Back in olden times (which for my purposes I’ll define as roughly prior to the mid 1960s), when you laid down the tools of your trade for the day, you pretty much just read. Even up until the 1980s, you pretty much just read. And then Gulf & Western bought Simon & Schuster and Prentice-Hall, and everybody bought everybody else until only six remained standing, and hands-on editors became unnecessary expenses, and everyone got freelanced and offshored, and readers got too busy to read, and books began to be acquired because they were like similar books and thus could be sold similarly, and they mostly wouldn’t need editing because no one had time for that.

And so books began to be admired not because they were dense and rich and time-absorbing, but because they were quick reads, and written loud enough to cut through the background din on the commuter train to the cube farm.

At least, that’s how it’s all seen from the futzy old fuddy-duddy end of the publishing world.

Haven’t read the Stieg Larsson books, but they inspired me to re-read Balzac’s A Harlot High and Low, Lost Illusions, and Cousin Bette. True classics, and a cost leader–150 Balzacs downloaded to my Kindle for .95.

Not me!

I’ve no issue with informative tangents/gratuitous information either. But first, they need to be interesting, and second, they need to be part of what you buy the novelist’s work for - as you do with Neal S and Herman M. Didn’t buy Larsson for MacBook specs.

Hmm, I think I agree. I also think Larsson was building towards a fourth and possibly a fifth book, and the breadcrumb trails for them were not edited out.


The translation definitely leaves something to be desired. I’m reading book one, and there’s just one word I’ve run across that tells me the translator does not speak English as a first language: ‘forsooth’… as in :

After a disappointing read in the horror/fantasy genre (“Night Watch”), where other out-moded slang was used, I have to wonder if it’s worth it to read translations of popular fiction. Surely there are native English speaking editors that give such books the once-over before publishing. Or am I being naive about how much publishing houses care about quality?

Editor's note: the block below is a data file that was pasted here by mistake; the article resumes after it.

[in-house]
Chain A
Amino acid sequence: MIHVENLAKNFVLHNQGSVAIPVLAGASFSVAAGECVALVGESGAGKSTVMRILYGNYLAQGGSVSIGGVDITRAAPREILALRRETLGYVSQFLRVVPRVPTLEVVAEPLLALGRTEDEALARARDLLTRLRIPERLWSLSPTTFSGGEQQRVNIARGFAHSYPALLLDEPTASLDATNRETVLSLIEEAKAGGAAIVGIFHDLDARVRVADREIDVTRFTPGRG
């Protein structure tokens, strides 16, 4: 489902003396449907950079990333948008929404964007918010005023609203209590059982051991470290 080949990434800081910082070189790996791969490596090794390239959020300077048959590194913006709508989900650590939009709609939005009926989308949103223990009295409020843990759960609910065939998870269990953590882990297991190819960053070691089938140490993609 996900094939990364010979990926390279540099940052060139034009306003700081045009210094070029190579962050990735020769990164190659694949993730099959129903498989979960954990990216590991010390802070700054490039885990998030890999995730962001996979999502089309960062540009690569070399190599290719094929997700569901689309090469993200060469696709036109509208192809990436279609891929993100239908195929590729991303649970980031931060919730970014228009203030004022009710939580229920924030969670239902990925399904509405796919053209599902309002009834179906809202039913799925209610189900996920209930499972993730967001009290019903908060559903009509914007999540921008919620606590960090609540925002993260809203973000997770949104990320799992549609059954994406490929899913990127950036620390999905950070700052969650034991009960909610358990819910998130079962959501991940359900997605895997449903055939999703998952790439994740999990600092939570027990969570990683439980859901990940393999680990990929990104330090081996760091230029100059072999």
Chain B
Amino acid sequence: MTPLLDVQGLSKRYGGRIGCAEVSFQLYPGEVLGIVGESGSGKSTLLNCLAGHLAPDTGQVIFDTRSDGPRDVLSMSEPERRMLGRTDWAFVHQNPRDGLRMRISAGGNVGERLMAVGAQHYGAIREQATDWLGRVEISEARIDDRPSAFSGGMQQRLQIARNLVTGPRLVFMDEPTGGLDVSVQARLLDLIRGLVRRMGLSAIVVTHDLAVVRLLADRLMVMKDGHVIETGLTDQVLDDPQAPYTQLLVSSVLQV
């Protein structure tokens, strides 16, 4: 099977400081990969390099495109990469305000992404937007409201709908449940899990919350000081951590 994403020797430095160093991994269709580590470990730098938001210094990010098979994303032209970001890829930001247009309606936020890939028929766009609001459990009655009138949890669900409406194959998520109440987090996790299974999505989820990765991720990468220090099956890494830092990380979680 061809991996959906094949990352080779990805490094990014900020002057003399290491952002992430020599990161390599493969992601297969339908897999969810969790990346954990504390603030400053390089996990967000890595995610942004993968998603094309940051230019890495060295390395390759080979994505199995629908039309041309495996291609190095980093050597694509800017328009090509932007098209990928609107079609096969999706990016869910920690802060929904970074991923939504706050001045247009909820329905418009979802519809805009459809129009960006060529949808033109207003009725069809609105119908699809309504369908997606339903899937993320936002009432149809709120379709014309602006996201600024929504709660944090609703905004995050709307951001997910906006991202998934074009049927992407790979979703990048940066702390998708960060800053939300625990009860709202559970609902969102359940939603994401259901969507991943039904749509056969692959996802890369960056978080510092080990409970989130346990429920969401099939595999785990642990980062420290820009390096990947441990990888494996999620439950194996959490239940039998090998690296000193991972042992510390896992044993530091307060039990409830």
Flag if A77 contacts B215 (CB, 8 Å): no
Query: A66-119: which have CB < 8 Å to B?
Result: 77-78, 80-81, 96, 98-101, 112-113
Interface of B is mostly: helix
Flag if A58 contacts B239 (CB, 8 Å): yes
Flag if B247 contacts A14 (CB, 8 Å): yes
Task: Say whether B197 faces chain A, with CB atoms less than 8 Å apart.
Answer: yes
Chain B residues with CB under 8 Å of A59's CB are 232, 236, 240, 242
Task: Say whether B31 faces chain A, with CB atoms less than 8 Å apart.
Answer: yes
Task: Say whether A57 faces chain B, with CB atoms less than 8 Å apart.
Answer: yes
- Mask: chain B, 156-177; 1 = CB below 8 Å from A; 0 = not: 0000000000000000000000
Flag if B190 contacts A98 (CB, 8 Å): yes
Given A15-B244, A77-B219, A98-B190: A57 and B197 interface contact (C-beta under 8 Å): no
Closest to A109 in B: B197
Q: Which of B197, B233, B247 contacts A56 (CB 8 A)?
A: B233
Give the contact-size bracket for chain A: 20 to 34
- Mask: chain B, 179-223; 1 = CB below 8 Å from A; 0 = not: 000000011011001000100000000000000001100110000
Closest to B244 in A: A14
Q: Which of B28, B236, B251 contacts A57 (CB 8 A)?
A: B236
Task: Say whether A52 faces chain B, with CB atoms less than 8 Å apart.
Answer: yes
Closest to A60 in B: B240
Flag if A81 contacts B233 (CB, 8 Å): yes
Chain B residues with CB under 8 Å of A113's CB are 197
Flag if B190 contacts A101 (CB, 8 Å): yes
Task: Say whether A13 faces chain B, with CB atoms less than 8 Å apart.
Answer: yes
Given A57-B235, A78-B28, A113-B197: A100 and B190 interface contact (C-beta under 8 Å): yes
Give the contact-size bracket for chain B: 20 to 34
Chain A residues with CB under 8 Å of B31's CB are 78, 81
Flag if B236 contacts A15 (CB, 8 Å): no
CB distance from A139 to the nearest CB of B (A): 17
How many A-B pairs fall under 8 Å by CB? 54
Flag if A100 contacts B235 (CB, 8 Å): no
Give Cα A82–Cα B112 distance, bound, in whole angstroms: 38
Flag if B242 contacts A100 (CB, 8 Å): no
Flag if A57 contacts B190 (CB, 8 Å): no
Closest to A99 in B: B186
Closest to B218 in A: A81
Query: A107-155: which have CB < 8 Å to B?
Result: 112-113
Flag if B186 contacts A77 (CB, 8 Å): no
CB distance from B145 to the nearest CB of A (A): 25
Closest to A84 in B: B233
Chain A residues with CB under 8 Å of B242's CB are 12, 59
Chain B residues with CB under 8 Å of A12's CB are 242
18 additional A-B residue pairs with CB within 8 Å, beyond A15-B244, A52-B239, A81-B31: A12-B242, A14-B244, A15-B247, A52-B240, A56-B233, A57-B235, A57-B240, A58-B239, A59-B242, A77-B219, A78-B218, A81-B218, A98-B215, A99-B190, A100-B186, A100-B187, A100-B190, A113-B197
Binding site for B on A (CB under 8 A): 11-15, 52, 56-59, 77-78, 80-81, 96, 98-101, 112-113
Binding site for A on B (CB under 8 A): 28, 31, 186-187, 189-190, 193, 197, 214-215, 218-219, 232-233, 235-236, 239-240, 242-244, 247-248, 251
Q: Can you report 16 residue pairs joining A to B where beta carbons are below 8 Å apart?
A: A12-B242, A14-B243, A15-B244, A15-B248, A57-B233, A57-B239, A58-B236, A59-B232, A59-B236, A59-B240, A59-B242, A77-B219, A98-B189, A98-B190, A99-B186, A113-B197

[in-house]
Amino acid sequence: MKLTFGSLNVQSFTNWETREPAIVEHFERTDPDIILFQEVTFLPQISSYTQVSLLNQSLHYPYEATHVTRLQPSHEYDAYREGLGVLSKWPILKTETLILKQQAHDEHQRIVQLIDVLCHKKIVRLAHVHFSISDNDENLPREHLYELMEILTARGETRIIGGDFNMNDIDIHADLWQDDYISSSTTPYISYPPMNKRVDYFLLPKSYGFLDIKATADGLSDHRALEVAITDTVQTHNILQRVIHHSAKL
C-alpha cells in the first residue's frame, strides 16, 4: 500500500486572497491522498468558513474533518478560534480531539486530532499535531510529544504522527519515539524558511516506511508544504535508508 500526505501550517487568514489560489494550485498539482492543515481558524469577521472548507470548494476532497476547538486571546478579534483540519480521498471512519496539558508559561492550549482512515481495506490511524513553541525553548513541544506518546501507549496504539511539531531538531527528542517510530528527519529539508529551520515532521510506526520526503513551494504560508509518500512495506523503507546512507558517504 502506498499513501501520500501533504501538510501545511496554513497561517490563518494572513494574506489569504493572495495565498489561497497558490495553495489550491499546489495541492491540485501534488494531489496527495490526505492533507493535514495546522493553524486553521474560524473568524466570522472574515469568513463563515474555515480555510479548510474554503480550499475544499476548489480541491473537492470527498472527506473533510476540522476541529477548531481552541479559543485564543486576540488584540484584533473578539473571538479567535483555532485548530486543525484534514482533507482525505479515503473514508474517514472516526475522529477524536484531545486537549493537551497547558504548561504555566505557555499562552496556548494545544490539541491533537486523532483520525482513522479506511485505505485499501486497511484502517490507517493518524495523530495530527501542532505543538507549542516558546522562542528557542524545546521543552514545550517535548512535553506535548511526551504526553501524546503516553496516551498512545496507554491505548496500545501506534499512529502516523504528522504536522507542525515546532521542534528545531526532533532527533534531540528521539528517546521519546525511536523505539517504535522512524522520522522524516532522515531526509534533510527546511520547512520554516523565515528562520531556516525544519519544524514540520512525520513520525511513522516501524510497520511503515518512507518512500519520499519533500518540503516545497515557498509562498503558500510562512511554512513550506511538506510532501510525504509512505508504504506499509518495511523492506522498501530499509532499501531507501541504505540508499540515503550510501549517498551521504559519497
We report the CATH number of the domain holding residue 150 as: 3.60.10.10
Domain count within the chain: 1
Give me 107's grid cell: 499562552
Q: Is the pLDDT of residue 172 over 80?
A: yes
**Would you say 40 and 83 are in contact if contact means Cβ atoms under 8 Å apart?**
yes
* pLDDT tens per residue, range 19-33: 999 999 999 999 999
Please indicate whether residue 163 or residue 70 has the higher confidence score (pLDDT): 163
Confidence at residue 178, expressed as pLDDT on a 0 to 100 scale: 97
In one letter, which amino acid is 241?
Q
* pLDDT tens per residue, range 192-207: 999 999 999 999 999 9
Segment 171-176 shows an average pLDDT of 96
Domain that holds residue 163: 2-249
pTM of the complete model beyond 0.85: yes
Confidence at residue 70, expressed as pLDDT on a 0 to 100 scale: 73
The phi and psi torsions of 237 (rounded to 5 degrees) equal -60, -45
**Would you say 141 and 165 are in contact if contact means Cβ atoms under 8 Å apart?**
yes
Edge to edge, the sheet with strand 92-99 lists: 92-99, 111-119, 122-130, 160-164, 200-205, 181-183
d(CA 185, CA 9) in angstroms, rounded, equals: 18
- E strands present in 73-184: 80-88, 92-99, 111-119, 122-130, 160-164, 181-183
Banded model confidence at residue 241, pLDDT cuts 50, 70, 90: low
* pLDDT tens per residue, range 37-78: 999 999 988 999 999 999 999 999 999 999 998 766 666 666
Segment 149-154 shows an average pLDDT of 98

Well, Robert, sorry to disappoint but I’m pretty certain that the translator is a native English speaker. I heard him interviewed on the radio the other day.

Seriously? I guess maybe it’s the latest slang word used by the damned kids these days, and verily I am out of touch. Alack and alas!

I don’t know, in high-school me and my pals frequently would shout out “forsooth!” at teachers, but we were decidedly odd—and all in the journalism class by our own free will (which says much concerning our mental stability).

Thou makest a fine pointe my dear fellowe, but in thy youth did ye ever say such in all seriousness and gravity? And what of thy scholarly writing that was not of matters historical or forsooth, literary?


I “did” the Millennium over Xmas too, and was shocked to read it in just three days, a speed which was partly the result of its page-turning style, but also due to the ease (newly discovered, for me) of reading ebooks. I just sat back in my very comfy computer chair and kept clicking and clicking!

I enjoyed it overall, more so the first volume, although at times I found the writing hovering not too far above Dan Brown’s style, which is to say, workmanlike but uninspired. But I agree that Salander was a brilliant creation.